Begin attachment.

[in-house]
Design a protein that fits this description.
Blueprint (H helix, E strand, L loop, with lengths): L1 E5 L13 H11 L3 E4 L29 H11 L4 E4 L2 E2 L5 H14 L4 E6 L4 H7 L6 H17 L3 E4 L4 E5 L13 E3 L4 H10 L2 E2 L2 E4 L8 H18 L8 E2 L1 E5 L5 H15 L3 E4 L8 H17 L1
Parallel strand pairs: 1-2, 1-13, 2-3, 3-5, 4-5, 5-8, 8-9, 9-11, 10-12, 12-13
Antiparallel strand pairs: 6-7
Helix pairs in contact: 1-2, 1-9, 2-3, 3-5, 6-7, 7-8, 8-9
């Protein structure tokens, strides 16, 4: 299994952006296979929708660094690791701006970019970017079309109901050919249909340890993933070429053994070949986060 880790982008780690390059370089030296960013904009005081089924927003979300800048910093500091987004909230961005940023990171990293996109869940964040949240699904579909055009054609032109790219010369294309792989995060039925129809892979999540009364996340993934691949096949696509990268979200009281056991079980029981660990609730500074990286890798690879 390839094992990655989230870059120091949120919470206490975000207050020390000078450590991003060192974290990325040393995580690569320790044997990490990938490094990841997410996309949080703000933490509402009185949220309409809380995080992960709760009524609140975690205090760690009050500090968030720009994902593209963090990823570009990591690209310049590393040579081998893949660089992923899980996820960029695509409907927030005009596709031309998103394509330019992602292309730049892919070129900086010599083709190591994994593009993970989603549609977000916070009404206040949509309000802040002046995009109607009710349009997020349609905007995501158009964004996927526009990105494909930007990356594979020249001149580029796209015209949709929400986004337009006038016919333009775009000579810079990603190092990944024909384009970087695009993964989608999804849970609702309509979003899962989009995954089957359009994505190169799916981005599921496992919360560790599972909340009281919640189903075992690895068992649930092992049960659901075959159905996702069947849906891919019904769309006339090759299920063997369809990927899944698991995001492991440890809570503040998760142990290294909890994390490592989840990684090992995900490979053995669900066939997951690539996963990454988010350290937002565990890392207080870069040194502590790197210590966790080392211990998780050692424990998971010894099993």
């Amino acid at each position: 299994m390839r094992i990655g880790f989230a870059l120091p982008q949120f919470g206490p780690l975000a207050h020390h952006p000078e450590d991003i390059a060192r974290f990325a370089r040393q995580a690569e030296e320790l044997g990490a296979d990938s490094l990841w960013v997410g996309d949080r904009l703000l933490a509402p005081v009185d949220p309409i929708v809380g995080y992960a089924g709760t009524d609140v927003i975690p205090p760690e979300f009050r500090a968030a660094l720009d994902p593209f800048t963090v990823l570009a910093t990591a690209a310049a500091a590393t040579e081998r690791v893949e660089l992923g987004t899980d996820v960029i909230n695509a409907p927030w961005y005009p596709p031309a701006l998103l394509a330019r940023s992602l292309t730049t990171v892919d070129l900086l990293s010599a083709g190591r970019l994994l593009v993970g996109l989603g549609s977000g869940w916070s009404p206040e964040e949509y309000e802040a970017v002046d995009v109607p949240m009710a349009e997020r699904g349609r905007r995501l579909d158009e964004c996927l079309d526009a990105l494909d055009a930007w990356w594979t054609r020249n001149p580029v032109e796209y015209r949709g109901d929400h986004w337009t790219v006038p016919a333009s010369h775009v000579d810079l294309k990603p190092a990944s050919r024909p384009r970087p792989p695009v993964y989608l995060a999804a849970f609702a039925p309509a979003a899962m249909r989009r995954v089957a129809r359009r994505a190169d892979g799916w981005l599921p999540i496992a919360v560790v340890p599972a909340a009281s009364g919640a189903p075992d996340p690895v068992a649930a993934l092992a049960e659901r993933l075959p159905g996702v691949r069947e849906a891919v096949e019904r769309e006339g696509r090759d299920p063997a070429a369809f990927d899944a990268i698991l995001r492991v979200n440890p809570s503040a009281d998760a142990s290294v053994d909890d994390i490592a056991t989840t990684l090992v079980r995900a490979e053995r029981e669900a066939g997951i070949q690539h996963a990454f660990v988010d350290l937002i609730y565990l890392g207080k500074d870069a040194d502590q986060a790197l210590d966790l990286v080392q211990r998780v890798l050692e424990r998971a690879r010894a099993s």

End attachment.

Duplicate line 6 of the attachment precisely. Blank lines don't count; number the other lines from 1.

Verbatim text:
Helix pairs in contact: 1-2, 1-9, 2-3, 3-5, 6-7, 7-8, 8-9